Prepaid Expenses and Other Current Assets on the Balance Sheetal explained by professional Forex trading experts the “ForexSQ” FX trading team.
Prepaid Expenses and Other Current Assets on the Balance Sheet
As we continue on the journey to learn how to analyze a balance sheet, I want to turn your attention to a section called prepaid expenses. Simply stated, prepaid expenses on the balance sheet arise as a result of managers and employees conducting ordinary business throughout the year. In the course of everyday operating activities, many firms will end up paying for goods or services before they actually receive delivery of them.
For example, if a jewelry store moved into your local mall, it would most likely have to sign a rental agreement and pay six to twelve months of rent in advance. If the monthly rent was $2,000 and the business prepaid for an entire year, they would put $24,000 on the balance sheet under Prepaid Expenses ($2,000 monthly rent x 12 months = $24,000). Each month, it would deduct 1/12 from the prepaid expenses, transferring it to a cost line on the income statement. By the end of the year, the full $24,000 would have been run through the profits and losses as an expense and there would be $0 in prepaid expense assets shown on the current asset line of the balance sheet.
Types of Expenses Included within “Prepaid Expenses”
There are many types of prepaid expenses including taxes, salaries, utility bills, rents, insurance, or interest expense. These would all be pooled together and put on the balance sheet under this heading.
Prepaid Expenses and Counter-Party Risk
Realize that, to some degree and in some situations, there is a degree of counter-party risk in a prepaid expense. Unless there is some sort of legal requirement that demands the person to whom the bill was paid keep the funds in a segregated escrow account, were the firm or individual to go bankrupt and not be able to deliver the goods or services for which the purchaser had already paid, it could turn into a loss.
At the very least, it would convert the person or firm making the prepayment into a general creditor who had to fight with other creditors for a distribution during a bankruptcy proceeding.
This isn’t so much a concern for giant blue chip businesses, which have experienced management teams and specialists who spend a great deal of time thinking about protecting against such things but could be worth considering if you own a small business or even if you are a consumer. Many years ago in my old hometown, there was a car dealership that had been part of the community for decades. The man who ran it began to engage in some questionable behavior; behavior that made him insolvent without many people knowing. The cars were secured by financing received from the automobile manufacturers. One week, a customer went in and purchased a car or truck for cash. The dealer didn’t hand over the title, but the customer wrote a personal check and agreed to come in sometime in the following week or two to pick up the title and take possession of the vehicle. Unfortunately for this customer, between the time the dealership cashed the check and the time the automobile manufacturers repossessed the inventory on the lot, the title had never been completed.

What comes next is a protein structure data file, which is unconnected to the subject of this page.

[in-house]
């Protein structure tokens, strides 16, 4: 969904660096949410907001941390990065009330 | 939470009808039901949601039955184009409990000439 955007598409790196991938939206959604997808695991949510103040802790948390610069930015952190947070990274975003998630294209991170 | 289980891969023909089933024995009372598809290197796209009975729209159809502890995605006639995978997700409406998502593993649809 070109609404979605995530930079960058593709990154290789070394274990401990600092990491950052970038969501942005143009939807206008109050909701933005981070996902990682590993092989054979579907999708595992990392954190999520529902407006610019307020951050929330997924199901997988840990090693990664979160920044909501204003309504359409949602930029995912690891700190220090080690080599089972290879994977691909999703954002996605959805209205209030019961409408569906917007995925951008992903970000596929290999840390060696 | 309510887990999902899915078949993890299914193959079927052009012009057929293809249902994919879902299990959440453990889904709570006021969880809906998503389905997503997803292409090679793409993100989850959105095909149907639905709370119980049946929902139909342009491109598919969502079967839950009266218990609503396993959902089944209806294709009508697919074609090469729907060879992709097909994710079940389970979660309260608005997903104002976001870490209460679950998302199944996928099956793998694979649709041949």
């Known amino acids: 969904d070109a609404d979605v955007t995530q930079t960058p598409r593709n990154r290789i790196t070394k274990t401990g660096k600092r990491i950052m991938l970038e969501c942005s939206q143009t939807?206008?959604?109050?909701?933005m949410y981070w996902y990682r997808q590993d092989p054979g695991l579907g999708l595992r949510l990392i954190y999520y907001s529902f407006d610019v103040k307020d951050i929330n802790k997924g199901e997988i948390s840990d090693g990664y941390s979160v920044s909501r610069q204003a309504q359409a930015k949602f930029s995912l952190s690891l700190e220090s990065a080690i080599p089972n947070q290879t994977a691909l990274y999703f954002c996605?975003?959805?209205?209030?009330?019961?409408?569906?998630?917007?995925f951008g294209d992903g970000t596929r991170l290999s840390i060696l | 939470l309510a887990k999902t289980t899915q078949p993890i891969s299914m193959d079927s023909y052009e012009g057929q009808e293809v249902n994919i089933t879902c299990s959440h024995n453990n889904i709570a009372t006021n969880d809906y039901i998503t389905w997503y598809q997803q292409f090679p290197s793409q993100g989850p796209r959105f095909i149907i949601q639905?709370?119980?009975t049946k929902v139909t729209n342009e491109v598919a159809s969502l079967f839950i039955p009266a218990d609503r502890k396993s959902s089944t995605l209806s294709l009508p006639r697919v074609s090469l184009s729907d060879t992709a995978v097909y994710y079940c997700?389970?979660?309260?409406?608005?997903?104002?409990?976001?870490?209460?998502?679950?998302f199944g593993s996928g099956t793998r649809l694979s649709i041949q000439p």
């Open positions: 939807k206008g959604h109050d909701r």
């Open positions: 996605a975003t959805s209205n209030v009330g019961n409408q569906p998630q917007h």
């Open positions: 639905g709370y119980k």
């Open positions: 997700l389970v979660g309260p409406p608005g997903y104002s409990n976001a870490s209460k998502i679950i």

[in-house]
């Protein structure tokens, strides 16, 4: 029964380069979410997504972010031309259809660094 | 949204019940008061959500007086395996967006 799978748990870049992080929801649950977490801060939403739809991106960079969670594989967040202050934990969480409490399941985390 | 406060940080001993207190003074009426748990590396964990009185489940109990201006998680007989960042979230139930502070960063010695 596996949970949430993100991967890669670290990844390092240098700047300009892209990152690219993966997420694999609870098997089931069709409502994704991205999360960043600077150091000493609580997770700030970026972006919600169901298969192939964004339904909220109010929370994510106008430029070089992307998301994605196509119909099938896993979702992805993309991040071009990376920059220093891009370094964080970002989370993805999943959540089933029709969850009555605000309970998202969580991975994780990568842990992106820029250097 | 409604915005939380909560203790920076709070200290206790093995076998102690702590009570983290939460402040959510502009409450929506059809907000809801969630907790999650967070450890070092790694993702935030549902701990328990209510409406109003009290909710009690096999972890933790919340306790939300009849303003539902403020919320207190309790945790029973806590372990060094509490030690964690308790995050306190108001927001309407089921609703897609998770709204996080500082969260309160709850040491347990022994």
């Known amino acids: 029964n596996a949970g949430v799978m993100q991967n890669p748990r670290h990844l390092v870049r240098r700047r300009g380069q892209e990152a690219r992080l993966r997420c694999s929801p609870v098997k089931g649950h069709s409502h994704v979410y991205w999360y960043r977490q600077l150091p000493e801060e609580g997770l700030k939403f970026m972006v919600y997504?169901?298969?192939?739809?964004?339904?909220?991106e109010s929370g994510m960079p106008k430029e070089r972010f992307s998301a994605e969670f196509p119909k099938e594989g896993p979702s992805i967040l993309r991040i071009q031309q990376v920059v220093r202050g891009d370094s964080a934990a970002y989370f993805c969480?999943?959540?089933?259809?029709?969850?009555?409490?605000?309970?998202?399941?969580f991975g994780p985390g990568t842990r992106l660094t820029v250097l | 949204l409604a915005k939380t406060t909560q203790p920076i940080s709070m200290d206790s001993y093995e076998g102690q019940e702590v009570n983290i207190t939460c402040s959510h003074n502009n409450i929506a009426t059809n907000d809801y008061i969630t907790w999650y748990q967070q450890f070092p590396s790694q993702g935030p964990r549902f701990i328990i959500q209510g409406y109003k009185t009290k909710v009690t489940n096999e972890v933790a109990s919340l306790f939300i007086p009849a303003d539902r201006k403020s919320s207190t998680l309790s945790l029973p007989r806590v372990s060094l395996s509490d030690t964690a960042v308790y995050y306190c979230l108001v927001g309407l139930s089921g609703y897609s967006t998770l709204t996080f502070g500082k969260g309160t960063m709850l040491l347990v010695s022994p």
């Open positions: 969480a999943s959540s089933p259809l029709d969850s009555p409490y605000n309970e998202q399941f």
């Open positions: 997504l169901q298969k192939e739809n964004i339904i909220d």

As a result, this man didn’t actually own the car or truck for which he had paid and became an unsecured creditor in the bankruptcy proceeding.
By their very nature, prepaid expenses are usually a small part of the balance sheet. Under most circumstances, they are relatively unimportant in your balance sheet analysis and shouldn’t be given too much attention unless there is a specific reason you believe they warrant concern.
Notes Receivable on the Balance Sheet
Notes Receivable are debts owed to the company which are payable within one year.
Other Current Assets on the Balance Sheet
Other current assets are non-cash assets that are owed to the company within one year.
Non-Standard Items on the Balance Sheet
Sometimes companies put items on their balance sheet which aren’t standard; perhaps resulting from one-off unique situations that are explained in the 10-K filing.
You have to take these on a case-by-case basis to try and determine the role they play in the overall picture. As you gain more experience analyzing balance sheets, you’ll start to see certain patterns and terms arise from time to time, particularly within a given industry.
To help you with this part, you might want to pick up a copy of Barron’s “Dictionary of Finance and Investing Terms”. The reference book is relatively inexpensive ($10 or $11), and defines over 4,000 financial terms including many of those found on the balance sheet. You may also find the “Dictionary of Business Terms” useful as well. It has 7,500 entries covering almost every business definition you could possibly want to know. While neither is required to do balance sheet analysis, they can save you a lot of time and effort.
Prepaid Expenses and Other Current Assets on the Balance Sheet Conclusion
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